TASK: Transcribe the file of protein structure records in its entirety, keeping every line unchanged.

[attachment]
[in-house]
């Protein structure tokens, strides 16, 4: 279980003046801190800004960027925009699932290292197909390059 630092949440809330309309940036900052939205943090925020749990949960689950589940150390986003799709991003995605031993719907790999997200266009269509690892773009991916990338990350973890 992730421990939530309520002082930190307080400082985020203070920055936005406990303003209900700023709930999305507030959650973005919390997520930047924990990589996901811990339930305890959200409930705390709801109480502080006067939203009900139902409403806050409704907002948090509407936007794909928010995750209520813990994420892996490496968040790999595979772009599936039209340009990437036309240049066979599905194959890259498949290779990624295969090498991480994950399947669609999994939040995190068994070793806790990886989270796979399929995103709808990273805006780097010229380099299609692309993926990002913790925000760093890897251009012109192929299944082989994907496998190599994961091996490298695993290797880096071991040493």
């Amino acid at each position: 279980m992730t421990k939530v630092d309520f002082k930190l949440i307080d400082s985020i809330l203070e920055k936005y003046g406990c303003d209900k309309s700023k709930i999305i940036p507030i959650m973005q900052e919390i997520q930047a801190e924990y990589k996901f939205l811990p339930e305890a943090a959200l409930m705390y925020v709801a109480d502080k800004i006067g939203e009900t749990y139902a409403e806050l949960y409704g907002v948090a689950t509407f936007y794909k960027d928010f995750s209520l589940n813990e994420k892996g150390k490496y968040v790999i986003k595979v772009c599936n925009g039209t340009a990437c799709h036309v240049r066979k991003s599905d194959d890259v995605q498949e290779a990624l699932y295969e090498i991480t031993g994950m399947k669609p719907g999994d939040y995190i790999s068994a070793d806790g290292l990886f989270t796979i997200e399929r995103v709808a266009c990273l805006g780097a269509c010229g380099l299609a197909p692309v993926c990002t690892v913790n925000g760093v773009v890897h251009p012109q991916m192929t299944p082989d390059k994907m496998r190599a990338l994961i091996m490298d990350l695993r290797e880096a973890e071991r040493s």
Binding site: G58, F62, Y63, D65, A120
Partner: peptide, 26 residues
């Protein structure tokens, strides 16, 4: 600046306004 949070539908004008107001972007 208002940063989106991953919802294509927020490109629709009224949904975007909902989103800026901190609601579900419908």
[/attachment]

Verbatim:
[in-house]
């Protein structure tokens, strides 16, 4: 279980003046801190800004960027925009699932290292197909390059 630092949440809330309309940036900052939205943090925020749990949960689950589940150390986003799709991003995605031993719907790999997200266009269509690892773009991916990338990350973890 992730421990939530309520002082930190307080400082985020203070920055936005406990303003209900700023709930999305507030959650973005919390997520930047924990990589996901811990339930305890959200409930705390709801109480502080006067939203009900139902409403806050409704907002948090509407936007794909928010995750209520813990994420892996490496968040790999595979772009599936039209340009990437036309240049066979599905194959890259498949290779990624295969090498991480994950399947669609999994939040995190068994070793806790990886989270796979399929995103709808990273805006780097010229380099299609692309993926990002913790925000760093890897251009012109192929299944082989994907496998190599994961091996490298695993290797880096071991040493």
């Amino acid at each position: 279980m992730t421990k939530v630092d309520f002082k930190l949440i307080d400082s985020i809330l203070e920055k936005y003046g406990c303003d209900k309309s700023k709930i999305i940036p507030i959650m973005q900052e919390i997520q930047a801190e924990y990589k996901f939205l811990p339930e305890a943090a959200l409930m705390y925020v709801a109480d502080k800004i006067g939203e009900t749990y139902a409403e806050l949960y409704g907002v948090a689950t509407f936007y794909k960027d928010f995750s209520l589940n813990e994420k892996g150390k490496y968040v790999i986003k595979v772009c599936n925009g039209t340009a990437c799709h036309v240049r066979k991003s599905d194959d890259v995605q498949e290779a990624l699932y295969e090498i991480t031993g994950m399947k669609p719907g999994d939040y995190i790999s068994a070793d806790g290292l990886f989270t796979i997200e399929r995103v709808a266009c990273l805006g780097a269509c010229g380099l299609a197909p692309v993926c990002t690892v913790n925000g760093v773009v890897h251009p012109q991916m192929t299944p082989d390059k994907m496998r190599a990338l994961i091996m490298d990350l695993r290797e880096a973890e071991r040493s």
Binding site: G58, F62, Y63, D65, A120
Partner: peptide, 26 residues
């Protein structure tokens, strides 16, 4: 600046306004 949070539908004008107001972007 208002940063989106991953919802294509927020490109629709009224949904975007909902989103800026901190609601579900419908």